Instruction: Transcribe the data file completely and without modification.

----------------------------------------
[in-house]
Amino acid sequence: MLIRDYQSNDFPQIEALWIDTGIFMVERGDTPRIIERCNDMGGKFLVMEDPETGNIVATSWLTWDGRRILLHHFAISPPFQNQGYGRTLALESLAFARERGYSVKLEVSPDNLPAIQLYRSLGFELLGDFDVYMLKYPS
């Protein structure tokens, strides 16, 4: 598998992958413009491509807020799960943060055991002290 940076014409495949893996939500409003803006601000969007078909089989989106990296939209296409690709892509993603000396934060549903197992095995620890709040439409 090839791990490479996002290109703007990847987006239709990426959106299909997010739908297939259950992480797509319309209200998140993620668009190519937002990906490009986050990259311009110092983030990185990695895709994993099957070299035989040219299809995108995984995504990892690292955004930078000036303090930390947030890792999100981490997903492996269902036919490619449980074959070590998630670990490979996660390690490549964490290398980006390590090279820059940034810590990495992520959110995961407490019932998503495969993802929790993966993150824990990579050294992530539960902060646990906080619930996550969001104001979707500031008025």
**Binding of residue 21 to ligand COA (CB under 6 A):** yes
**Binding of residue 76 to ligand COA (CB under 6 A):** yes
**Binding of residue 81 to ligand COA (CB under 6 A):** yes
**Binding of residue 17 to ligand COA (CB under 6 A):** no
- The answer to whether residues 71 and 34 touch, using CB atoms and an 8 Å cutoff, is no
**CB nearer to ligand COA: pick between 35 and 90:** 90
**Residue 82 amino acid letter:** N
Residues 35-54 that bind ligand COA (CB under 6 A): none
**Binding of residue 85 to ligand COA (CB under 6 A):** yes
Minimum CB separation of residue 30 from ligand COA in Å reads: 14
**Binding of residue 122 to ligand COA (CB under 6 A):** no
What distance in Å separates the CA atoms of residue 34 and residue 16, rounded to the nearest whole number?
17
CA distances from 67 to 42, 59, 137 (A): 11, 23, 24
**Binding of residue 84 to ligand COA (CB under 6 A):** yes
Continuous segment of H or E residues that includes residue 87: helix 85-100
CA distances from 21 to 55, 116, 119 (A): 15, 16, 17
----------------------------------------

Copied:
[in-house]
Amino acid sequence: MLIRDYQSNDFPQIEALWIDTGIFMVERGDTPRIIERCNDMGGKFLVMEDPETGNIVATSWLTWDGRRILLHHFAISPPFQNQGYGRTLALESLAFARERGYSVKLEVSPDNLPAIQLYRSLGFELLGDFDVYMLKYPS
């Protein structure tokens, strides 16, 4: 598998992958413009491509807020799960943060055991002290 940076014409495949893996939500409003803006601000969007078909089989989106990296939209296409690709892509993603000396934060549903197992095995620890709040439409 090839791990490479996002290109703007990847987006239709990426959106299909997010739908297939259950992480797509319309209200998140993620668009190519937002990906490009986050990259311009110092983030990185990695895709994993099957070299035989040219299809995108995984995504990892690292955004930078000036303090930390947030890792999100981490997903492996269902036919490619449980074959070590998630670990490979996660390690490549964490290398980006390590090279820059940034810590990495992520959110995961407490019932998503495969993802929790993966993150824990990579050294992530539960902060646990906080619930996550969001104001979707500031008025």
**Binding of residue 21 to ligand COA (CB under 6 A):** yes
**Binding of residue 76 to ligand COA (CB under 6 A):** yes
**Binding of residue 81 to ligand COA (CB under 6 A):** yes
**Binding of residue 17 to ligand COA (CB under 6 A):** no
- The answer to whether residues 71 and 34 touch, using CB atoms and an 8 Å cutoff, is no
**CB nearer to ligand COA: pick between 35 and 90:** 90
**Residue 82 amino acid letter:** N
Residues 35-54 that bind ligand COA (CB under 6 A): none
**Binding of residue 85 to ligand COA (CB under 6 A):** yes
Minimum CB separation of residue 30 from ligand COA in Å reads: 14
**Binding of residue 122 to ligand COA (CB under 6 A):** no
What distance in Å separates the CA atoms of residue 34 and residue 16, rounded to the nearest whole number?
17
CA distances from 67 to 42, 59, 137 (A): 11, 23, 24
**Binding of residue 84 to ligand COA (CB under 6 A):** yes
Continuous segment of H or E residues that includes residue 87: helix 85-100
CA distances from 21 to 55, 116, 119 (A): 15, 16, 17